Kristi, Alyssa, and I created a short video to introduce the topic to the youth when we met with them this week. Check it out!

A Different Perspective

Camp started this past week! Get Real Science is taking over a summer camp in Sodus, NY for a week. We are having fun and doing science!

One of our themes for camp is using aerial photography in order to look at things from a different perspective. Scale is one of the Crosscutting Concepts identified by the National Research Council (2012) in their Framework for K-12 Science Education. Aerial photography can allow us to see things from a larger scale than we can on the ground. Patterns, another Crosscutting Concept, may be revealed from this new perspective, as well.

In fact, just last week, Anthony Murphy discovered a previously unknown ancient monument site while flying his drone in Ireland. The drought conditions revealed the outlines of where the monument had been located, but it was only by getting a different perspective that the pattern could be seen.

Anthony Murphy, Mythical Ireland

As part of our introduction to camp on Thursday, Gavin, Robin and I led the students through an activity to practice aerial photography. Here are the athletic fields outside of the Sodus Elementary school. Our own dry conditions reveal ed two rectangular areas that look like they were once something other than a soccer field.

An aerial view of the field where we were practicing.

Despite a few hiccups, like the camera’s weight preventing the balloons from flying as high as we wanted, we had a blast! It was great to see the students excited to try this out. We had a laptop outside with us, so we could immediately download the pictures and show them off. The students got a huge kick out of seeing themselves from above. Even some of the students who were reluctant to participate had smiles on their faces when they saw the result. Those smiles were the best.

The students from above.

References

National Research Council (2012). A Framework for K-12 Science Education: Practices, Crosscutting Concepts, and Core Ideas. Washington, DC: The National Academies Press. https://doi.org/10.17226/13165.

 

Asking Questions

Last night the Get Real! Science crew took part in a Collaborative Conversation in Sodus, NY to help us prepare for our science summer camp. We had members of the Sodus community, educators, family, and friends join us. With such a diverse group, we able to get a ton of great ideas.

Rather than talking about our specific camp plans, we asked broader questions of our collaborators. Ellen, Kristi and I wanted to know,

How can we encourage students to take their science inquiry practices out of the classroom and into their everyday lives?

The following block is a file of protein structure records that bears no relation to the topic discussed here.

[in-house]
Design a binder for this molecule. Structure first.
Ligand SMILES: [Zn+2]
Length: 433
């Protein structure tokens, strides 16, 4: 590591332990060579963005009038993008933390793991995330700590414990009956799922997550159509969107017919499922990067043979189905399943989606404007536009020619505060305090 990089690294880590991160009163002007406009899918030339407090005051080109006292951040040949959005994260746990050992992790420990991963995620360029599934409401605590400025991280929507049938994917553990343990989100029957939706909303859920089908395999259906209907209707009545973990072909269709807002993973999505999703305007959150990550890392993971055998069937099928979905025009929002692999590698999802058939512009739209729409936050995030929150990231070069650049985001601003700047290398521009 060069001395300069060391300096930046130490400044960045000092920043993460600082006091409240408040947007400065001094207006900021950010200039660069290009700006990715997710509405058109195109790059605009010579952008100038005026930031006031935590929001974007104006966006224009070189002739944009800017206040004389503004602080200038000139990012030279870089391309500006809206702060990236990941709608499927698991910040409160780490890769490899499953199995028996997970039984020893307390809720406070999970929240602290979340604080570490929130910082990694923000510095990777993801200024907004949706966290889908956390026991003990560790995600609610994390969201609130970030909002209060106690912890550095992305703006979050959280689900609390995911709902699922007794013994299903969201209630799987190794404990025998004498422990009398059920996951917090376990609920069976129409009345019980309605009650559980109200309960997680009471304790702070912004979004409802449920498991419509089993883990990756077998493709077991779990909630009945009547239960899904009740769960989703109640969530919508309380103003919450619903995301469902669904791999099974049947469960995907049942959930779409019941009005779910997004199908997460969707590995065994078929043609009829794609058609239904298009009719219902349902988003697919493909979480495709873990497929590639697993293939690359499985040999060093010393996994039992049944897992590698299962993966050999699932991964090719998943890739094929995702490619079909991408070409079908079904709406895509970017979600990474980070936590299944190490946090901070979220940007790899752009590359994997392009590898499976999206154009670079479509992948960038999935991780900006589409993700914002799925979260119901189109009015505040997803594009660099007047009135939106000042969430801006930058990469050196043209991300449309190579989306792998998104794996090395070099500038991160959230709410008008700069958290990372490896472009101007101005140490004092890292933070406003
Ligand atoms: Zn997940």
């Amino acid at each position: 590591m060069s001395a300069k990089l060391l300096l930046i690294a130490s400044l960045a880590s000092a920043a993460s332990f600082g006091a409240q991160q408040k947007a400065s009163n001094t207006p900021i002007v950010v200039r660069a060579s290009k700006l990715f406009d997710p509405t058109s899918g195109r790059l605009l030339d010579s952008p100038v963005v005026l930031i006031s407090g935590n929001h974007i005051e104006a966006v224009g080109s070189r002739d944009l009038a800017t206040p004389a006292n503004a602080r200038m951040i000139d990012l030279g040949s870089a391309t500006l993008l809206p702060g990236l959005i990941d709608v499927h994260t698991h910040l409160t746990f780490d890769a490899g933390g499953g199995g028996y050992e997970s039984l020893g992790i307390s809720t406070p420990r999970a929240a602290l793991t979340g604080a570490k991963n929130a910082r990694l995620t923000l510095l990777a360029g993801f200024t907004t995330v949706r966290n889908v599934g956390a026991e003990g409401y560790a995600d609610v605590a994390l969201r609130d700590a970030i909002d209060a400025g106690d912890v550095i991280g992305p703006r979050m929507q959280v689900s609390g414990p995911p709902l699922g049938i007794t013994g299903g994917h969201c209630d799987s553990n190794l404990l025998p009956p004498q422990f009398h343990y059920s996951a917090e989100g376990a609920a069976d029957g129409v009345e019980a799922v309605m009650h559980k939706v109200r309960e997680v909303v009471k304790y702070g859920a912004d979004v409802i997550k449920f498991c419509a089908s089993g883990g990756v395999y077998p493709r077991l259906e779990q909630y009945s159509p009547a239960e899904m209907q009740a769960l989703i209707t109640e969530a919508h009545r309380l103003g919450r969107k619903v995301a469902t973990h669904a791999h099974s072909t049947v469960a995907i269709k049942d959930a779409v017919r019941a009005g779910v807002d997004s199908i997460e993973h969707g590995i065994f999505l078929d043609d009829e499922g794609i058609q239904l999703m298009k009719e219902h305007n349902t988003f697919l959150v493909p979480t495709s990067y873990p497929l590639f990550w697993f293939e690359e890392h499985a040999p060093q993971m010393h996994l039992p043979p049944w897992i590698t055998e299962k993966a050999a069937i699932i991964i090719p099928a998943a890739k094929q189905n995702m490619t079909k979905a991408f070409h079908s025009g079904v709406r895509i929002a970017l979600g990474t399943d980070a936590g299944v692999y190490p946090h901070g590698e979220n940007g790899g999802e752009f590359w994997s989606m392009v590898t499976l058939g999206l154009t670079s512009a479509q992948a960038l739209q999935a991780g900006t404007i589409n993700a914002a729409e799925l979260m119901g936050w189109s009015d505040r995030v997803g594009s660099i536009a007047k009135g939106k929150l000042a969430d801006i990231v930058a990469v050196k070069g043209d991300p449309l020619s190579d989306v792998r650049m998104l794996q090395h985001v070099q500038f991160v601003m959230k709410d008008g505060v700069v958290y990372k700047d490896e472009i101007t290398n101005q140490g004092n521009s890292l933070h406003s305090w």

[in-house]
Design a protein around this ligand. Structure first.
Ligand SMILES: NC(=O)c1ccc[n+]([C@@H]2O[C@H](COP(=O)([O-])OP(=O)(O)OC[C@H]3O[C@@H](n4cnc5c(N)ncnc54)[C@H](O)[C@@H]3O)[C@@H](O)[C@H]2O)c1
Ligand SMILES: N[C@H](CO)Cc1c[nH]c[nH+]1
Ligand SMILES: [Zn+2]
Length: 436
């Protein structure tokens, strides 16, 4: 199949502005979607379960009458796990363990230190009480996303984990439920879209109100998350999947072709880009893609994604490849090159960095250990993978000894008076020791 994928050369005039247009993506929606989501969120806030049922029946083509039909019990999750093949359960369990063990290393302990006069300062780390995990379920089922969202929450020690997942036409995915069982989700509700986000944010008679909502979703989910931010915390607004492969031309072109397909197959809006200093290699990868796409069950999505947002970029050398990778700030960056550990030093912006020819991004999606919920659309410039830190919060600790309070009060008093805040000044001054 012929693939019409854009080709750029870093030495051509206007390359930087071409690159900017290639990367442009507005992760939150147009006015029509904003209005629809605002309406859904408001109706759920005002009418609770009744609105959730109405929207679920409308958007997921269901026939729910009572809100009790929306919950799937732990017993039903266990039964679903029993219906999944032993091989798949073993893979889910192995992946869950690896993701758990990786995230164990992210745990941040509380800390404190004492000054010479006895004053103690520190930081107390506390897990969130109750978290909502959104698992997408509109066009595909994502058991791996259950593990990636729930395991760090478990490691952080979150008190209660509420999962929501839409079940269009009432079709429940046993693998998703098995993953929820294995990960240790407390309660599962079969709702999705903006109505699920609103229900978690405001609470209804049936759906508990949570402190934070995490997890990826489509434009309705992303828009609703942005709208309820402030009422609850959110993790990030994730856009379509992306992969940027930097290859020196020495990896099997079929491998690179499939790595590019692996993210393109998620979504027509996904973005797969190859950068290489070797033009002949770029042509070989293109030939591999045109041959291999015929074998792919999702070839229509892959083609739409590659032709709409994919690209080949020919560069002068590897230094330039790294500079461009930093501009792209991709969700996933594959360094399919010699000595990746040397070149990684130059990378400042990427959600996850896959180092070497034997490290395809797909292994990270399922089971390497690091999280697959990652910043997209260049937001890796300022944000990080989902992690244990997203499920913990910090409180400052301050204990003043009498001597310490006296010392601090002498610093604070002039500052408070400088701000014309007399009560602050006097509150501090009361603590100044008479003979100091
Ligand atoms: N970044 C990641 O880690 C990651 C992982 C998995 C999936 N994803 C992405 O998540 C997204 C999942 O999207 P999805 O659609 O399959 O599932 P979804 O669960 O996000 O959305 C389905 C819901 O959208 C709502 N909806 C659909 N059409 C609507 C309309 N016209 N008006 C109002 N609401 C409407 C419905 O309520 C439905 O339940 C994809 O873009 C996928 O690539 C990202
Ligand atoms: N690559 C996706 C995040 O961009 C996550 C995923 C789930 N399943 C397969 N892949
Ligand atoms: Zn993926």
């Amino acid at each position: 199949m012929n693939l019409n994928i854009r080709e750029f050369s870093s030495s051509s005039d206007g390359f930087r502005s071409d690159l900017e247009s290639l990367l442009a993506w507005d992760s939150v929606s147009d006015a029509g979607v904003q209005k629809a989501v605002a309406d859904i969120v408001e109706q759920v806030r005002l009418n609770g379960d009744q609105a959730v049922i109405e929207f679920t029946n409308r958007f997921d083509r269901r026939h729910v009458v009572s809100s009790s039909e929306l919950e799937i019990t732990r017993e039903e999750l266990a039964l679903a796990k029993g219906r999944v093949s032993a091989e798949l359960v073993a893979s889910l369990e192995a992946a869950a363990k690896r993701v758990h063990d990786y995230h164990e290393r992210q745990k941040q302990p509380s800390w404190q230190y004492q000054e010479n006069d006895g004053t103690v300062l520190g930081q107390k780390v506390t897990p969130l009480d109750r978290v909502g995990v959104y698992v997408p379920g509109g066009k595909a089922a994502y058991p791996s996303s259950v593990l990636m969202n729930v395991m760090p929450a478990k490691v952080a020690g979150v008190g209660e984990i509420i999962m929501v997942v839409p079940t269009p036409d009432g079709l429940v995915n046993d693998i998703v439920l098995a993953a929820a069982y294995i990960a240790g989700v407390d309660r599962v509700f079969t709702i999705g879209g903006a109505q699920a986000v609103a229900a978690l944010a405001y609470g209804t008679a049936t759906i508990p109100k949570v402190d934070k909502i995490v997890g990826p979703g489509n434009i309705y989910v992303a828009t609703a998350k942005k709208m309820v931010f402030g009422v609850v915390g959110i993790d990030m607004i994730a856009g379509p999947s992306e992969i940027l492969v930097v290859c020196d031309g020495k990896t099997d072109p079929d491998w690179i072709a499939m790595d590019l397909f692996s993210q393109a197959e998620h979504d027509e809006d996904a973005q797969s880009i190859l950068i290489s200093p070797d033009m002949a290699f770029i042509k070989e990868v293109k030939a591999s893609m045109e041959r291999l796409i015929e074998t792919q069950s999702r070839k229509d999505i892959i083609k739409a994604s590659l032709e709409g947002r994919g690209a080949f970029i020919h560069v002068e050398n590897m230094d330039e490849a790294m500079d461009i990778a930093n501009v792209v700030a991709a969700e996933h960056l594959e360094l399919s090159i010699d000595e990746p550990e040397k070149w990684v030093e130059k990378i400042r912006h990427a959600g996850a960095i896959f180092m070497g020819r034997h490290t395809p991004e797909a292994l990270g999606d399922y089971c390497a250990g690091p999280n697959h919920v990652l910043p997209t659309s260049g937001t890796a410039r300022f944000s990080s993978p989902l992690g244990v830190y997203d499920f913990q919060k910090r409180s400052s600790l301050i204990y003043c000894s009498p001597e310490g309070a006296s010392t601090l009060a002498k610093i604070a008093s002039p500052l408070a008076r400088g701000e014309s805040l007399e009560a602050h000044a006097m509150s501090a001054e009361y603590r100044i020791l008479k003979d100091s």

When we met with students in Sodus earlier this month to talk to them about our ideas for summer camp, they were amazing. They asked some really thoughtful questions about the science that we shared with them. But, for some students, there is a disconnect between what goes on in the classroom and outside of the classroom.

Asking questions is one of the critical science and engineering practices that students should engage in according to the National Research Council’s (2012) Framework for K-12 Science Education. They state,

“Asking questions is essential to developing scientific habits of mind. Even for individuals who do not become scientists or engineers, the ability to ask well-defined questions is an important component of science literacy, helping to make them critical consumers of scientific knowledge.” (p. 54)

The conversation at our table took some very different paths, which was fabulous. One of our collaborators, Chuck brought up the topic of science literacy. He wondered where students would go when they wanted to look for answers to their questions. We also talked about helping students develop an understanding of the trade offs that scientists and engineers must wrestle with. We had been focused primarily on fostering a curiosity about the natural world in our students, but it is also important for students to questions why we do the things we do.

On the more practical side of things, Mary had some great ideas about ways to engage our students’ families in the science that they are doing. We talked about how students might bring aspects of their home lives into camp and ways that we can communicate with families and the community. We thought that using social media could get students excited about sharing their science and motivate them to keep noticing and wondering.

Overall, it was a really enjoyable evening! About half an hour into the event I realized that I wasn’t really even thinking about having to present my thoughts to an audience anymore and instead could just focus on having a conversation with some wonderful people.

Lab Girl

If you are anything like me, you have more books on your summer reading list than you could ever hope to read in a few short months. Well, I have another one for you to add, Lab Girl by Hope Jahren.

Penguin Random House

Jahren is a botanist/geologist/biochemist and all around fabulous scientist. Her book is part memoir, part science story. Both are fascinating.